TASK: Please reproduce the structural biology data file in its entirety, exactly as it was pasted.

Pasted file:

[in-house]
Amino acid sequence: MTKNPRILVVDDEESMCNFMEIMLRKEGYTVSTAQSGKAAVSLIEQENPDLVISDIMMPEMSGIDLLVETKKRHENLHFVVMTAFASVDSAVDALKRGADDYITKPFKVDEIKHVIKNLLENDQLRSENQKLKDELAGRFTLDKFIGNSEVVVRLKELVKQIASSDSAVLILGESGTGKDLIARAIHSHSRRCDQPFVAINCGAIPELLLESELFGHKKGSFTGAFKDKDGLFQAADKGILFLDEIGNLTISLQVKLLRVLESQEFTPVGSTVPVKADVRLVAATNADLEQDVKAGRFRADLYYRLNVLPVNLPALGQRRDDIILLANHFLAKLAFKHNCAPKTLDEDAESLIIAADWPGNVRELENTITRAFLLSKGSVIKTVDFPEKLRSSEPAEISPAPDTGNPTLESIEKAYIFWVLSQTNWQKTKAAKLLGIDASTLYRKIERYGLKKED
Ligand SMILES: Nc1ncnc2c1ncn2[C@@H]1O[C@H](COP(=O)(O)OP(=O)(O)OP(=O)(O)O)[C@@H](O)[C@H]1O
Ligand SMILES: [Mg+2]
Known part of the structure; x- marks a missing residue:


[in-house]
Amino acid sequence: MTKNPRILVVDDEESMCNFMEIMLRKEGYTVSTAQSGKAAVSLIEQENPDLVISDIMMPEMSGIDLLVETKKRHENLHFVVMTAFASVDSAVDALKRGADDYITKPFKVDEIKHVIKNLLENDQLRSENQKLKDELAGRFTLDKFIGNSEVVVRLKELVKQIASSDSAVLILGESGTGKDLIARAIHSHSRRCDQPFVAINCGAIPELLLESELFGHKKGSFTGAFKDKDGLFQAADKGILFLDEIGNLTISLQVKLLRVLESQEFTPVGSTVPVKADVRLVAATNADLEQDVKAGRFRADLYYRLNVLPVNLPALGQRRDDIILLANHFLAKLAFKHNCAPKTLDEDAESLIIAADWPGNVRELENTITRAFLLSKGSVIKTVDFPEKLRSSEPAEISPAPDTGNPTLESIEKAYIFWVLSQTNWQKTKAAKLLGIDASTLYRKIERYGLKKED
Ligand SMILES: Nc1ncnc2c1ncn2[C@@H]1O[C@H](COP(=O)(O)OP(=O)(O)OP(=O)(O)O)[C@@H](O)[C@H]1O
Ligand SMILES: [Mg+2]
Known part of the structure; x- marks a missing residue: